Although we don't believe in timing the market or panicking over market movements, we do like to keep an eye on big changes -- just in case they're material to our investing thesis.

What: Shares of American Greetings (UNKNOWN:AM.DL), the well-known maker of greeting cards and other social expression products, jumped as much as 13% this morning after announcing an agreement to go private in an all-cash deal.

So what: American Greetings delivered the ultimate "thank you" card to investors by agreeing to be purchased for $18.20 per share by the Weiss family, which includes company Chairman Morry Weiss, CEO Zev Weiss, and President and COO Jeffrey Weiss, among other parties. Shareholders will also receive one final dividend payment of $0.15 per share before the deal closes, effectively netting them $18.35 per share, if the board of directors approves it.

Now what: I'm sure there are plenty of longtime investors in American Greetings who are gritting their teeth after this deal, but it really is a smart move for the company to remove itself from the public pedestal. Greeting-card sales have struggled with the proliferation of electronic and social forms of expression. While American Greetings has been making this transition to mobile forms of expression, its legacy business continues to suffer. With shareholders getting a moderate premium over the Thursday close, hopefully, once privately owned, American Greetings will finally "get well soon."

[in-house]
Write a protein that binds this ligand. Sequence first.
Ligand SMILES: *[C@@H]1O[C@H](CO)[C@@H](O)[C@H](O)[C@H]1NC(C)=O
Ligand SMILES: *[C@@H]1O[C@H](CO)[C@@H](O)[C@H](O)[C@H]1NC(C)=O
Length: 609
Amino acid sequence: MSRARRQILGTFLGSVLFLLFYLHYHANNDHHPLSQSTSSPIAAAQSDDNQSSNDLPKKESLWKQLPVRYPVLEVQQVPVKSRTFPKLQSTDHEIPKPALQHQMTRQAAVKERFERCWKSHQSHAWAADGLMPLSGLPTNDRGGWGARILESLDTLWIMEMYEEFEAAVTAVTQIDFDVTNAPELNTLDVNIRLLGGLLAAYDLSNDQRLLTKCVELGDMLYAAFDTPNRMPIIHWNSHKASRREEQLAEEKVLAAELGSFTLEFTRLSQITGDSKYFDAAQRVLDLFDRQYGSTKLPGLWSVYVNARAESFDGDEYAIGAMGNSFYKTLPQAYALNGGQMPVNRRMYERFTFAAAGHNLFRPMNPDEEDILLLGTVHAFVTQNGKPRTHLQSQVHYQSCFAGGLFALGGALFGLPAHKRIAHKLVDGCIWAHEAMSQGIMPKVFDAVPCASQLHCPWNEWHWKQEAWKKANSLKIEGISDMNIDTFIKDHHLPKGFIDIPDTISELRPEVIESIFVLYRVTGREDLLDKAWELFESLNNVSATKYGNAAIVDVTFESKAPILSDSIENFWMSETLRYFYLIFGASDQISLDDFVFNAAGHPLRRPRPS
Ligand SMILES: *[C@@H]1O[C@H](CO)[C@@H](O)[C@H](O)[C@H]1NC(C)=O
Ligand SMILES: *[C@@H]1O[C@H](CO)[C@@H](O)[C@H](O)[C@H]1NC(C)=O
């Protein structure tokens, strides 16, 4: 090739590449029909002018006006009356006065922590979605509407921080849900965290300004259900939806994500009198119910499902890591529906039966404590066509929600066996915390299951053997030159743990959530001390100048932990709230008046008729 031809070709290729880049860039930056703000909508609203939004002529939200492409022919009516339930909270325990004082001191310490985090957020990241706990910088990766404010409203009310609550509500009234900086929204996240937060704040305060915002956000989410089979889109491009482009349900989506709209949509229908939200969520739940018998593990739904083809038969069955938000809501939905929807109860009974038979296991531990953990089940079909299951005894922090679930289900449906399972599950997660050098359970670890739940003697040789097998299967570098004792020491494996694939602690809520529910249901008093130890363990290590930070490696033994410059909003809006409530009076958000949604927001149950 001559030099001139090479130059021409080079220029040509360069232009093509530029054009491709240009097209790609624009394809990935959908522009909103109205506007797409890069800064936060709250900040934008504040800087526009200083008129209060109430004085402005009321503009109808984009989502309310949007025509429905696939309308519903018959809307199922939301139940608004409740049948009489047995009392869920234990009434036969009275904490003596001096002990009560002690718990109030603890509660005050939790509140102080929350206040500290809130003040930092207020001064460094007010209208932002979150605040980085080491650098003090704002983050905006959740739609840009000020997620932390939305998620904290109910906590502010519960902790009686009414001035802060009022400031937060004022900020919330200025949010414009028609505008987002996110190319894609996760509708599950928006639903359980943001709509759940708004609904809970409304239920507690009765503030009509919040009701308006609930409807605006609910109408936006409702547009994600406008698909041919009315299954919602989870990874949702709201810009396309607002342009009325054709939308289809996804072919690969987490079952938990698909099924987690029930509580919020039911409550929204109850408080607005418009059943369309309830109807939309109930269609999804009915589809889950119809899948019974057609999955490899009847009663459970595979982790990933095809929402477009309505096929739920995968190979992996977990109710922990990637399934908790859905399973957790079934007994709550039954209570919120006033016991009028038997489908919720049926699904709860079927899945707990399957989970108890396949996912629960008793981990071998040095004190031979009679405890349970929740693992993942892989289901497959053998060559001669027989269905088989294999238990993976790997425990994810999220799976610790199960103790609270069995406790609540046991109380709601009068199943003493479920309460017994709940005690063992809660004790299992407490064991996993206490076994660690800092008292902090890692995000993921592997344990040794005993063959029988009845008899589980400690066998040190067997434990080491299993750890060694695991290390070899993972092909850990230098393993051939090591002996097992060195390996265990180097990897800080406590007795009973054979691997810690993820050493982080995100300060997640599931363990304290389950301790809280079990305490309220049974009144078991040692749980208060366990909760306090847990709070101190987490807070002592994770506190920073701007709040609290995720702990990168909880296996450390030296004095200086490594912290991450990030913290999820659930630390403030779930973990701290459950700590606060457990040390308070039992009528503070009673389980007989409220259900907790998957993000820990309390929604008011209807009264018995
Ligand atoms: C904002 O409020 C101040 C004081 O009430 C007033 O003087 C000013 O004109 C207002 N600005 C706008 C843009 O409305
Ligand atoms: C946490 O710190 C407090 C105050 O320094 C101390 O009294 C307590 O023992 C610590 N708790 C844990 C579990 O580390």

Craving more input? Start by adding American Greetings to your free and personalized Watchlist so you can keep up on the latest news with the company.

Fool contributor Sean Williams has no material interest in any companies mentioned in this article. You can follow him on CAPS under the screen name TMFUltraLong, track every pick he makes under the screen name TrackUltraLong, and check him out on Twitter, where he goes by the handle @TMFUltraLong.

The Motley Fool owns shares of American Greetings. Try any of our Foolish newsletter services free for 30 days. We Fools don't all hold the same opinions, but we all believe that considering a diverse range of insights makes us better investors. The Motley Fool has a disclosure policy.